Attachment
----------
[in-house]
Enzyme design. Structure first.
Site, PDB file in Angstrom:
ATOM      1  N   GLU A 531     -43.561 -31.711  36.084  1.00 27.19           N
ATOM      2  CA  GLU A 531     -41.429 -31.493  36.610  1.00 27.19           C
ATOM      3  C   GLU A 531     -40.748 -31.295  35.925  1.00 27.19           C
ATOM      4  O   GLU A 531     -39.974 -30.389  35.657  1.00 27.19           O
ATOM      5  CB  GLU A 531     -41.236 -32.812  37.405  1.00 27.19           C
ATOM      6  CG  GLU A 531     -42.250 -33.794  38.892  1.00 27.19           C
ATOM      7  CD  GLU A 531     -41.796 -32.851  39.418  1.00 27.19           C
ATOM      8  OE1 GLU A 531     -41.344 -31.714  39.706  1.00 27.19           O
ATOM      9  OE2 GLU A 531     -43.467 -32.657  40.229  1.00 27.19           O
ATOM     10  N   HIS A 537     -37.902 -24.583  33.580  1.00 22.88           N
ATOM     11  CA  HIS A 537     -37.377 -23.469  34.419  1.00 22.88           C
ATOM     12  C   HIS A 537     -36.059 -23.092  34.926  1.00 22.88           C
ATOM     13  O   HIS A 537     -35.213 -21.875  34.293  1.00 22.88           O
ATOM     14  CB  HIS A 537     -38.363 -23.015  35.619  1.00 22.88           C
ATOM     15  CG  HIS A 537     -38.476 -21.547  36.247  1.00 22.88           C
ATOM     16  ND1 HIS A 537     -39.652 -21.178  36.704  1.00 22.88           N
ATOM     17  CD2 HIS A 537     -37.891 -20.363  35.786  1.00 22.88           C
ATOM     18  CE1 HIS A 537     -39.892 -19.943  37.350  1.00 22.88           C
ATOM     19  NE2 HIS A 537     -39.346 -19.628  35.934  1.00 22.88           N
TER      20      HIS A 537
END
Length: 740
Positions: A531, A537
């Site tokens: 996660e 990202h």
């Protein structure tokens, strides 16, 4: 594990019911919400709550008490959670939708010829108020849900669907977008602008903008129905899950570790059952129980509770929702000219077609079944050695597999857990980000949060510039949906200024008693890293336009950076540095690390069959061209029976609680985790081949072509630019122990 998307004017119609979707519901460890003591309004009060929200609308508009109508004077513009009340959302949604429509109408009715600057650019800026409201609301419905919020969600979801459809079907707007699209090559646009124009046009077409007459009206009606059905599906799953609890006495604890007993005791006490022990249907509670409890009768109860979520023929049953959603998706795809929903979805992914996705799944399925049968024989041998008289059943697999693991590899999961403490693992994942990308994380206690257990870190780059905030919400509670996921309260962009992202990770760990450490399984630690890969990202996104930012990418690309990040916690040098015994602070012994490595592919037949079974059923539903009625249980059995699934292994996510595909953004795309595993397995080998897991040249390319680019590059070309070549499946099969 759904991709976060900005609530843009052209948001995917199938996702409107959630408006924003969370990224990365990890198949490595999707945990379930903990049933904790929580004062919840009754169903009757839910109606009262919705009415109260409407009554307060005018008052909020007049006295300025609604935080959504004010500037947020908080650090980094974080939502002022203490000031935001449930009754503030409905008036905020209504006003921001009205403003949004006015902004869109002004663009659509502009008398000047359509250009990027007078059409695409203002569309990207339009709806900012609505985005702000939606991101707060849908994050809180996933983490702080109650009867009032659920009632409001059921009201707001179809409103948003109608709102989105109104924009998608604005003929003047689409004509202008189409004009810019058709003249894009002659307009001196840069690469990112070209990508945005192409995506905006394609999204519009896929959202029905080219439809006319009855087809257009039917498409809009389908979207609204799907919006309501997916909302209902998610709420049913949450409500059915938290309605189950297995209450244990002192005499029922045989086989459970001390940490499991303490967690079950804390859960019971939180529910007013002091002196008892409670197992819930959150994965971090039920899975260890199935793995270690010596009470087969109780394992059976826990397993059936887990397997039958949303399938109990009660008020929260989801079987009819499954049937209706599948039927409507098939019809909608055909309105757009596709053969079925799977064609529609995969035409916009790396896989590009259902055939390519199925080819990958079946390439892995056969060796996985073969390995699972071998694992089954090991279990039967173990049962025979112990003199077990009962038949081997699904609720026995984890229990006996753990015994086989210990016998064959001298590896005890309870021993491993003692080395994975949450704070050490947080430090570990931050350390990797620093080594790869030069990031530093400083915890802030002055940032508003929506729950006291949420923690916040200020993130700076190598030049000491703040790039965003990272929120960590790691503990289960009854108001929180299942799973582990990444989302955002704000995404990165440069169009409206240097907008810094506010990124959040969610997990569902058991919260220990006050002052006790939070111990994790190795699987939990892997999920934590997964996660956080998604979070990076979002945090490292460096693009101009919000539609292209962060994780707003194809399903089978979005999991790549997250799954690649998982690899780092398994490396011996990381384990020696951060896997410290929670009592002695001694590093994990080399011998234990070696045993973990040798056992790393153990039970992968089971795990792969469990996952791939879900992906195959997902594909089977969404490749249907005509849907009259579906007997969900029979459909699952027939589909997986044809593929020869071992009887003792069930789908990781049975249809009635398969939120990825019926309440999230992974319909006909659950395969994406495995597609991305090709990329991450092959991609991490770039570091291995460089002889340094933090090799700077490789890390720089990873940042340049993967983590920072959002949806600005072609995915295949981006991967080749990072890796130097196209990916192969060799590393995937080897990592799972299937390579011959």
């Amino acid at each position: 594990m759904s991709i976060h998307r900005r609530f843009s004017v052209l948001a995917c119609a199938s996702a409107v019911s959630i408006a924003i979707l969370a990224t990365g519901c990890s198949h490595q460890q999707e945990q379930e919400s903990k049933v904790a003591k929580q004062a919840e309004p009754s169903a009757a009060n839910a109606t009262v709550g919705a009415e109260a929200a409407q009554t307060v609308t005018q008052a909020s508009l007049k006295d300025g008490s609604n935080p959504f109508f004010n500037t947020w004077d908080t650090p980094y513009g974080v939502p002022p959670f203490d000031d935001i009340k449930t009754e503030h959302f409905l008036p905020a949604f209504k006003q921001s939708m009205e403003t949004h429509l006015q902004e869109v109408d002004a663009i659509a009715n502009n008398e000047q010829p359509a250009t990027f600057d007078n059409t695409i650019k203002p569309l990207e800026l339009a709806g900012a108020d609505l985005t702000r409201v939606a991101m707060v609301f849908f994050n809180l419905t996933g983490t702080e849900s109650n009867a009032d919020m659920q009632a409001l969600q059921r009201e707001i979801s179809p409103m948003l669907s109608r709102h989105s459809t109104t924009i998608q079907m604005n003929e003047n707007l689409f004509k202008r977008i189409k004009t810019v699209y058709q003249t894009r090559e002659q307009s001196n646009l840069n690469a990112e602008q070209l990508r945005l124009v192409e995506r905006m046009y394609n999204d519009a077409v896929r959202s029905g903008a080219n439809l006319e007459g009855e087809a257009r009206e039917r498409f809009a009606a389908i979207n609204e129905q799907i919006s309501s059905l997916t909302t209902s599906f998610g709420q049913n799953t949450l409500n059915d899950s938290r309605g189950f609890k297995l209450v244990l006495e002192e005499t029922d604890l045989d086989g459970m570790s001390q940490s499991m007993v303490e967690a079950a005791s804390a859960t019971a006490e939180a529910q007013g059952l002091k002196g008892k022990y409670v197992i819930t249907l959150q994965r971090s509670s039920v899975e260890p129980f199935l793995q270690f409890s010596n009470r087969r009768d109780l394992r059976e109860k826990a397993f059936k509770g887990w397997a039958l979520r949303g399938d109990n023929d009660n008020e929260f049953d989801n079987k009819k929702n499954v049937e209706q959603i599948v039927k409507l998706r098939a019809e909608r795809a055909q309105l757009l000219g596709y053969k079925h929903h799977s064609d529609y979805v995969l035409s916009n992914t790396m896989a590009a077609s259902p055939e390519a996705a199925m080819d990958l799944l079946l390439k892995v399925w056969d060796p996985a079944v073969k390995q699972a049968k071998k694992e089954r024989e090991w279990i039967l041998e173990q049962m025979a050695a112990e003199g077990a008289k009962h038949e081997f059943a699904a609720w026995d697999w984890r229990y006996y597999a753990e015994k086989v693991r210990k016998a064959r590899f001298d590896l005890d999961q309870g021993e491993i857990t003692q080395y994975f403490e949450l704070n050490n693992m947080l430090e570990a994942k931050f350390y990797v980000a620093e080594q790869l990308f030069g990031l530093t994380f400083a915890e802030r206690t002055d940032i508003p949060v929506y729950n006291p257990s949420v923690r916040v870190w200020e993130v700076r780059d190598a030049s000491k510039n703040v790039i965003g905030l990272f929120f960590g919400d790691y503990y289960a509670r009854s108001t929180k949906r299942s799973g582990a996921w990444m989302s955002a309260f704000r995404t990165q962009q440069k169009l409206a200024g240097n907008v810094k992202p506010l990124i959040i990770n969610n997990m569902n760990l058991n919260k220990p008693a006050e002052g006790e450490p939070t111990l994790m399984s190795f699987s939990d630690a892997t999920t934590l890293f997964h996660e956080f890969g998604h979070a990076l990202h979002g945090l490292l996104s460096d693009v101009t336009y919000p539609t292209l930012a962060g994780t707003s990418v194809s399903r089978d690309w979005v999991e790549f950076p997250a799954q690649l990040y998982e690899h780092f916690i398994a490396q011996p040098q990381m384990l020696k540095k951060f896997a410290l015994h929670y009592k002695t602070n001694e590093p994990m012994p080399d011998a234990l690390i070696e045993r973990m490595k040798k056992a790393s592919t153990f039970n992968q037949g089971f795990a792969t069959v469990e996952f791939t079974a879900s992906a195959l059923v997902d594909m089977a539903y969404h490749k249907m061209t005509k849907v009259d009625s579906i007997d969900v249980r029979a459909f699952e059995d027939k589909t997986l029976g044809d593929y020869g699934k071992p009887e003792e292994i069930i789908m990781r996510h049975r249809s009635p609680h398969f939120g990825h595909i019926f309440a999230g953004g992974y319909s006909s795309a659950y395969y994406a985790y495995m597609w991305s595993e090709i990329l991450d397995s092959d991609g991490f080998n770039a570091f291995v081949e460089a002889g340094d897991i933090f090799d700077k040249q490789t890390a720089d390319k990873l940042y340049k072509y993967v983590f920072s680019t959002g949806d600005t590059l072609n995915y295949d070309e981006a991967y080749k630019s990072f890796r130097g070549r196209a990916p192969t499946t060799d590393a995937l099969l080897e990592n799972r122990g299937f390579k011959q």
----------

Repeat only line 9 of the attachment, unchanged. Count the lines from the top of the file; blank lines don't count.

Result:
ATOM      6  CG  GLU A 531     -42.250 -33.794  38.892  1.00 27.19           C